If you’re advertising on a pay-per-click network (Google, Bing, Facebook, etc.), you’ve more than likely utilized remarketing lists to improve account performance. You can also improve your remarketing lists, specifically your Google and Bing lists, by segmenting your audience based on time of last interaction.
There are a few benefits to segmenting your audience by time. The first is that it breaks apart a very large audience into multiple audiences of very manageable sizes. This then allows you to bid more or less aggressively depending on the audience.
For example, you may want to bid very aggressively to get an audience of users that last interacted with your website one to three days ago back to the website. You may not want to bid as high for the people that last touched the site 25-30 days ago.
Using this method, you can place a bid on each audience that’s most appropriate. However, be conscious of the size of the main audience you’re trying to split. This practice is usually a better fit for more general touchpoints that generate larger audience lists. It isn’t always the best to break apart a very small audience pool because at that point, the lists can become too small to employ.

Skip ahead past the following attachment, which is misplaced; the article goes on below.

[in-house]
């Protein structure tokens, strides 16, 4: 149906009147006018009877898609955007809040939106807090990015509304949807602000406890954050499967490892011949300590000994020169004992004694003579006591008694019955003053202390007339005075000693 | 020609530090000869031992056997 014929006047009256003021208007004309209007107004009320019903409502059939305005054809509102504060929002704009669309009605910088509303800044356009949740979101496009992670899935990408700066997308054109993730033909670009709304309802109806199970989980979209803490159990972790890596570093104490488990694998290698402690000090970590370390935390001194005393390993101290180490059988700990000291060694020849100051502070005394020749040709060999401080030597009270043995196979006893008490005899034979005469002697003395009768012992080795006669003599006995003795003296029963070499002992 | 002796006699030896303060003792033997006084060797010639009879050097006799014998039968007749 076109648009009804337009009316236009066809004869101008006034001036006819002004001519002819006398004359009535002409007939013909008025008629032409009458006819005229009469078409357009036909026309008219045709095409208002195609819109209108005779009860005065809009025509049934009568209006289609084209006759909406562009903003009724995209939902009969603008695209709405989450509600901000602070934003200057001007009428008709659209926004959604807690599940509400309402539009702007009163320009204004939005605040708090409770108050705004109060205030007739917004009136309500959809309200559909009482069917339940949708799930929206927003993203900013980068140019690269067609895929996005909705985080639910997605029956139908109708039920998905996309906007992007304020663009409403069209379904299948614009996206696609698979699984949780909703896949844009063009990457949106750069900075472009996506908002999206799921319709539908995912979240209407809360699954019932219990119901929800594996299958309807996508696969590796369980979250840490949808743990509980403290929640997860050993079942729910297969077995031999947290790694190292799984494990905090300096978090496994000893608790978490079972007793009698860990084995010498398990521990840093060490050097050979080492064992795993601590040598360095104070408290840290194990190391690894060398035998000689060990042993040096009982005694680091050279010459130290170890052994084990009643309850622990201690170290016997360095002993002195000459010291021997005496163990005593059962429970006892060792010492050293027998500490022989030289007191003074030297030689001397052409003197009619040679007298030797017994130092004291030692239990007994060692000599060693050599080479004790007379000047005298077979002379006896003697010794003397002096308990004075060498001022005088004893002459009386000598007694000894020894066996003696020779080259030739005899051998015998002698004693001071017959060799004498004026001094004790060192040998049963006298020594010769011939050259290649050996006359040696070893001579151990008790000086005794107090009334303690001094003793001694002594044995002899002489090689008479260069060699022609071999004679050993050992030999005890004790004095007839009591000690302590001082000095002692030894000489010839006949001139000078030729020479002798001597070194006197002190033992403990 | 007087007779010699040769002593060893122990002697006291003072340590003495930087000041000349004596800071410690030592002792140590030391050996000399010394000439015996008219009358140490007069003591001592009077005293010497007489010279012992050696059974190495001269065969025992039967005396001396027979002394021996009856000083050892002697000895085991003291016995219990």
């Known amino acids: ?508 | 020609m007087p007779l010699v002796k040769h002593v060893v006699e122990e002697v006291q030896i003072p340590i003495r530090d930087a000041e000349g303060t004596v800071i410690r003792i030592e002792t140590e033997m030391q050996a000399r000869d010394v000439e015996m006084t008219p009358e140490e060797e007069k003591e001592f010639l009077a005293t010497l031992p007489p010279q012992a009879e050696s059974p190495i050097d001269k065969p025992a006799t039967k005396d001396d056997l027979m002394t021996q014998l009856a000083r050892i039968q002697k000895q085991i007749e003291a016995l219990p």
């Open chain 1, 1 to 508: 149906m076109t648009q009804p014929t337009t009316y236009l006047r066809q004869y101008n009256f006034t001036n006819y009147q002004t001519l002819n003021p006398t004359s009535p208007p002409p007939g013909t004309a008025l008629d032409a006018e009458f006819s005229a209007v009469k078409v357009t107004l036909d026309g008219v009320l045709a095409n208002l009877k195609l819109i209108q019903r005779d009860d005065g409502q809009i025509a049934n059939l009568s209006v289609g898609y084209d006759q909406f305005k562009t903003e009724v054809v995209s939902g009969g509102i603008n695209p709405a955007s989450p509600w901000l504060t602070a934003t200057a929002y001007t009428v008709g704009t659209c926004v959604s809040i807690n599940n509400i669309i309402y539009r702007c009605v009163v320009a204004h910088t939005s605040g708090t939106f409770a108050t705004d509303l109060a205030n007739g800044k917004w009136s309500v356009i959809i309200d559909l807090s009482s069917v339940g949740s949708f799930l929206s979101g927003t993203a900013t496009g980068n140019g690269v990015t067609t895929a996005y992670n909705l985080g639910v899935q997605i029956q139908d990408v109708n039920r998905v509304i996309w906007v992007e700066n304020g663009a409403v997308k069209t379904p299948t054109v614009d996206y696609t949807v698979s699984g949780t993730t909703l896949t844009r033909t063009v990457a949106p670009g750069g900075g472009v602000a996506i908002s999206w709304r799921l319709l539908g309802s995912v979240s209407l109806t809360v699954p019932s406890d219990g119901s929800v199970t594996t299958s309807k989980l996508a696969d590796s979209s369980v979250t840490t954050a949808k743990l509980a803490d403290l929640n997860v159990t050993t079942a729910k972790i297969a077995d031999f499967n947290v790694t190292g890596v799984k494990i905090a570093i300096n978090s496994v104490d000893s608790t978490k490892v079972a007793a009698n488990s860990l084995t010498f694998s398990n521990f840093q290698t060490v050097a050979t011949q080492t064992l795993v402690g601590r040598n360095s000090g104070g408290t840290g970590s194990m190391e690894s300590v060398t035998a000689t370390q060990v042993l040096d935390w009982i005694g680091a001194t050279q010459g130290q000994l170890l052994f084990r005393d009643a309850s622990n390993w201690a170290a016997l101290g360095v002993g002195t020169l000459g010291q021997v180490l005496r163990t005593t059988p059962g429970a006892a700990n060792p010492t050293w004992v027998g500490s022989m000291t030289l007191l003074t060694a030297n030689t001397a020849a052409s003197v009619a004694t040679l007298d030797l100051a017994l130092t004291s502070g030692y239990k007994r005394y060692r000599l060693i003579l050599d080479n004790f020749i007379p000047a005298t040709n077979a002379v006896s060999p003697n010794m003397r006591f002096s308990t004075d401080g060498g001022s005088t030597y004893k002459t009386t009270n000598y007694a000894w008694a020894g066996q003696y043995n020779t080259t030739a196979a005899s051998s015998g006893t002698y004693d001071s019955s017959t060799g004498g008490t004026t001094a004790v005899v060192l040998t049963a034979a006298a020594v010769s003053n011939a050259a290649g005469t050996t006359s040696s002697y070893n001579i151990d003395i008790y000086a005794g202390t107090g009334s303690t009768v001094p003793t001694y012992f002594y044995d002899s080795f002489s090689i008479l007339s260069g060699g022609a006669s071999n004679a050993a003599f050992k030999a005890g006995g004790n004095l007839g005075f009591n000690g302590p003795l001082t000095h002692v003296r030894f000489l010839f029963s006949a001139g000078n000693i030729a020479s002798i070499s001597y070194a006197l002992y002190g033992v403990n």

1. Create a new remarketing list
2. Select who to add to your list
Generally, I select page visitors. But there are options to select page visitors who did/did not visit another page, visitors of a page during specific dates, and visitors of a page with a specific tag.
If you’re more advanced, definitely utilize the custom combination option. I’ve used this capability to refine my segmented lists even further in the past and to block past converters from my lists.
3. Set the rule
Enter the page URL that you want to build your audience around.
4. Set the membership duration
Here’s where you can get creative. Go to the Tools drop down, then select Conversions and take a look at your attribution data. How long is the time lag from click to conversion? Use this information to set your membership duration for your audiences.
If you’re unsure, just use common sense to create reasonable durations. For this example, let’s assign the first audience a five-day membership duration.
After creating the first audience, repeat the process and extend the membership duration with each additional audience. Using the five-day example above as a starting reference, we can create three more audiences with membership durations of 10, 20, and 30 days.